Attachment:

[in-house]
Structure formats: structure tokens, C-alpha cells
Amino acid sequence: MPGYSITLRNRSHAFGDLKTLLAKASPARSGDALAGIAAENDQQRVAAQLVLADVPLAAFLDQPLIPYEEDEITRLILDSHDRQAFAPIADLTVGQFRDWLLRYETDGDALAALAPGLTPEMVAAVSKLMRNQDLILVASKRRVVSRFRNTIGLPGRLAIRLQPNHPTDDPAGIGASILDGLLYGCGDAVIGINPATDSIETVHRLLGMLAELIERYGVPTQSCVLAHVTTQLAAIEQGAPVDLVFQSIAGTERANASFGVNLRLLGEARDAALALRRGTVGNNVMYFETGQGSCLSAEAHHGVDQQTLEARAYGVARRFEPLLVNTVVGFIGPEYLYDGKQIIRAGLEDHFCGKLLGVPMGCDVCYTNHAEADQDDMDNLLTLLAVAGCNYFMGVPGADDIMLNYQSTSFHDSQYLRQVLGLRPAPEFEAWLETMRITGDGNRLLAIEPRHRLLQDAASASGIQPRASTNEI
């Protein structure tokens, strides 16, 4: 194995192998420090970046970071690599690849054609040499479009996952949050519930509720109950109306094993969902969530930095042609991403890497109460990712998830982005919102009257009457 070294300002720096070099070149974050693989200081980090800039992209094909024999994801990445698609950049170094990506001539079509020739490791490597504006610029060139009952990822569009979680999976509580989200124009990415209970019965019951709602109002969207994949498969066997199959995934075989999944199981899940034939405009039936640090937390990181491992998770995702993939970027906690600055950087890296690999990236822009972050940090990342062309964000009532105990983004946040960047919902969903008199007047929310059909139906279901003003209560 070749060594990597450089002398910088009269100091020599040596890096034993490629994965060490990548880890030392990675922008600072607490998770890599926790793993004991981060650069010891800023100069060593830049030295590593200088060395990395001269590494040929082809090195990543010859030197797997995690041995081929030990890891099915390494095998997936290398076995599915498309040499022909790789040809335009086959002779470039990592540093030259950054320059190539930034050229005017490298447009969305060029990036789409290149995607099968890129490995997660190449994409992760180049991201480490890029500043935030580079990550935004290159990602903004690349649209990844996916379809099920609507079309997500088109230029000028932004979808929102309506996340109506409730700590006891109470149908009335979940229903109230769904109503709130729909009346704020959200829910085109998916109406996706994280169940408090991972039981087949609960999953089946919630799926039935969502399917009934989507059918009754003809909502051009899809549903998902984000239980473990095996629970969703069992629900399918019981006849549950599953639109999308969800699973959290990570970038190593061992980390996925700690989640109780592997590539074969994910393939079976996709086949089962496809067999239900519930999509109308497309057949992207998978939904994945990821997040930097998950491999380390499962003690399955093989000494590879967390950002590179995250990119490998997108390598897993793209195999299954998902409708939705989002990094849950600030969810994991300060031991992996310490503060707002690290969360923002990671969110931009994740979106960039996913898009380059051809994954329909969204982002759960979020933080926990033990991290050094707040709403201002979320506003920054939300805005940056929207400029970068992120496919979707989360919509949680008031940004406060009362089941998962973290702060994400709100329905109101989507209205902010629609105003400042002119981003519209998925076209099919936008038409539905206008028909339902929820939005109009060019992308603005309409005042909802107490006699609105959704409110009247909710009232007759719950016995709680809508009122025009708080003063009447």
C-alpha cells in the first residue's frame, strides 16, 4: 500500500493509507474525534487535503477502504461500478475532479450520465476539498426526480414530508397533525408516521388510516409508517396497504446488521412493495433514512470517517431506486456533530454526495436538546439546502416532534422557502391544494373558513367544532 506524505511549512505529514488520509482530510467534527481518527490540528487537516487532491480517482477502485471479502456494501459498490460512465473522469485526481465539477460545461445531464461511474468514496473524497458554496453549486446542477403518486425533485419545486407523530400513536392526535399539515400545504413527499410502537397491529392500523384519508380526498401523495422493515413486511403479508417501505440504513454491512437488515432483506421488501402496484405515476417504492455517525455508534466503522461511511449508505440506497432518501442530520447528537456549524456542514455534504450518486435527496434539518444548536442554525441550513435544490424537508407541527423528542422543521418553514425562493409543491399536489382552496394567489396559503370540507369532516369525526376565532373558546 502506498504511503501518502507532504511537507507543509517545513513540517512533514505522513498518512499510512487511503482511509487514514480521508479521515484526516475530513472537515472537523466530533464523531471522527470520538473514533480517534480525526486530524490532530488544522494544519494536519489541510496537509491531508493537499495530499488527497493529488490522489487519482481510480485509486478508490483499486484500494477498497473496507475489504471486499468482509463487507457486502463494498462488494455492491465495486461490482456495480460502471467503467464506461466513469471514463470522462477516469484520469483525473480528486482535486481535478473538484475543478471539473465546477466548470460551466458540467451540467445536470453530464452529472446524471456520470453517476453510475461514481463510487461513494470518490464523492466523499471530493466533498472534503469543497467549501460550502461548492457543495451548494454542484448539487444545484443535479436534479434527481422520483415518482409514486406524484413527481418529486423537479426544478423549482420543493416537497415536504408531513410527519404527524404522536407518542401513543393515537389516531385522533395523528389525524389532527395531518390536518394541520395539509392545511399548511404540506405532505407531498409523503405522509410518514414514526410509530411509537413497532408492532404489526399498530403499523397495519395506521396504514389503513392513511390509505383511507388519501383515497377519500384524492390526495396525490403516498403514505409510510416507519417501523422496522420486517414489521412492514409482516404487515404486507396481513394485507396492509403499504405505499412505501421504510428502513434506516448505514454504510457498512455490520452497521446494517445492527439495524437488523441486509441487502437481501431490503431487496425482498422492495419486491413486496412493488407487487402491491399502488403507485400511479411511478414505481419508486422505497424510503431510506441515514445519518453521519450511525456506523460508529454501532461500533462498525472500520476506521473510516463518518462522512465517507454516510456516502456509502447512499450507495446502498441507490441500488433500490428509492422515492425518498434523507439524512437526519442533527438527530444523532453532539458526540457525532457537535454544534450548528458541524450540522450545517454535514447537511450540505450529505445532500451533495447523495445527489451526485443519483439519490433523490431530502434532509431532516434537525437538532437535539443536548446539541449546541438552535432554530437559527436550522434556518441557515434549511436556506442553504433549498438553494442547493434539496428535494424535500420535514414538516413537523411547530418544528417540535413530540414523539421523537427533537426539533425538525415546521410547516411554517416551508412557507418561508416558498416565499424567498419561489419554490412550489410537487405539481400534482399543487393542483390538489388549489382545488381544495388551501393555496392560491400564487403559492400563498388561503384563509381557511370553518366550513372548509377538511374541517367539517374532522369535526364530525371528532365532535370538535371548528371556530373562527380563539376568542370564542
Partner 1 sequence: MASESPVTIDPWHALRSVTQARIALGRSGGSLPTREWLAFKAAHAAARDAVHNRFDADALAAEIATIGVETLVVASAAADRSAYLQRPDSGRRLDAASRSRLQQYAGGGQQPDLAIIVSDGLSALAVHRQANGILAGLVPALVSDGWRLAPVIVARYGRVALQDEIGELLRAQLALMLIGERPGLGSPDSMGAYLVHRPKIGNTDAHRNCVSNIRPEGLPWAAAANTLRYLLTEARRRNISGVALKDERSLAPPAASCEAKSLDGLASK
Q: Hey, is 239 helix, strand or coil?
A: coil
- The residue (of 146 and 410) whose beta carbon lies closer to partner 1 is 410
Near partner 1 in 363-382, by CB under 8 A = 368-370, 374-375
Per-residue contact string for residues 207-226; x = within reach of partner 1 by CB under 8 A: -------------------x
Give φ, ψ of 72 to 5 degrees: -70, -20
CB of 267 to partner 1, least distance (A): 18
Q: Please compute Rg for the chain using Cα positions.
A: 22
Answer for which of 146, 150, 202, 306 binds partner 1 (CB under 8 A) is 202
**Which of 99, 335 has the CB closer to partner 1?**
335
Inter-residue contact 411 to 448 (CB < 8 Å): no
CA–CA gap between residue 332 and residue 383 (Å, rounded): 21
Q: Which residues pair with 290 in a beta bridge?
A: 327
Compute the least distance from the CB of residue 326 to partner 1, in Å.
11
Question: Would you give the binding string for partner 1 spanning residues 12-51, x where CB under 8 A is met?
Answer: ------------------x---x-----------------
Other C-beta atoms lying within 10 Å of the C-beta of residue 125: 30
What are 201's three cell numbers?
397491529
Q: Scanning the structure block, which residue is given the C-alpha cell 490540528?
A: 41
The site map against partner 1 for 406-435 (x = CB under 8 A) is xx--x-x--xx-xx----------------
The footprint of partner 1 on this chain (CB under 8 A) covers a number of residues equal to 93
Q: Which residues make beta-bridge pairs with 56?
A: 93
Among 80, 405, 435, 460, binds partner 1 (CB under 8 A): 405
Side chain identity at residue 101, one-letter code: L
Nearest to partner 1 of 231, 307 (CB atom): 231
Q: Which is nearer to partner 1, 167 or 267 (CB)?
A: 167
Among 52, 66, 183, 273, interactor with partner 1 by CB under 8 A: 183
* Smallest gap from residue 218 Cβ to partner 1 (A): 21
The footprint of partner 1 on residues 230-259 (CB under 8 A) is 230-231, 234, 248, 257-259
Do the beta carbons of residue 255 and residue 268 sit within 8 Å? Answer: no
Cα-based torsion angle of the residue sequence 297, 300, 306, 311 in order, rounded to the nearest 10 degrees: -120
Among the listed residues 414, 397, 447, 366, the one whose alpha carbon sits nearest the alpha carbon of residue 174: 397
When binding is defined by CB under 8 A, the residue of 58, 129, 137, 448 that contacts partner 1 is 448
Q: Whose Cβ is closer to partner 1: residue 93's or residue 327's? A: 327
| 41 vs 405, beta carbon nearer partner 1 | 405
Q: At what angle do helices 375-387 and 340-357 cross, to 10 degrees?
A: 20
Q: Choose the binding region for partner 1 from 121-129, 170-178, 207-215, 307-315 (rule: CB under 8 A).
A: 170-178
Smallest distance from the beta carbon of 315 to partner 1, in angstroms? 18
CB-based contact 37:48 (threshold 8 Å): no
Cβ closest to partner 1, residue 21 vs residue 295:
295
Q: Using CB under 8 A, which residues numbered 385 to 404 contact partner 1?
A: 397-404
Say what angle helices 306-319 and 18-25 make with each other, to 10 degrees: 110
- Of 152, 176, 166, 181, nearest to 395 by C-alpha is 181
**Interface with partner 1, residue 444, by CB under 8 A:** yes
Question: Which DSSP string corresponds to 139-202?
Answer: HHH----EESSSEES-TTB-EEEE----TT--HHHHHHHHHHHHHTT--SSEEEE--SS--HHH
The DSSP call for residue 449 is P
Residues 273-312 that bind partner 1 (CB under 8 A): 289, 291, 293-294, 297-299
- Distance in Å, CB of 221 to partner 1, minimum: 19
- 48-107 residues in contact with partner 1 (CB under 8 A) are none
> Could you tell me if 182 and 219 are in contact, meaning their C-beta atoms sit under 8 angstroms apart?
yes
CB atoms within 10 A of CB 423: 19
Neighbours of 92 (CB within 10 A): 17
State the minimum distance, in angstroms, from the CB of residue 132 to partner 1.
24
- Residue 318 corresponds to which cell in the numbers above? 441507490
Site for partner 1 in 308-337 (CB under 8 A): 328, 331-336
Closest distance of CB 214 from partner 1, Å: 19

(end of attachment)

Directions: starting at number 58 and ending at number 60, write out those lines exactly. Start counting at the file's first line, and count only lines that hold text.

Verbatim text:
Q: Using CB under 8 A, which residues numbered 385 to 404 contact partner 1?
A: 397-404
Say what angle helices 306-319 and 18-25 make with each other, to 10 degrees: 110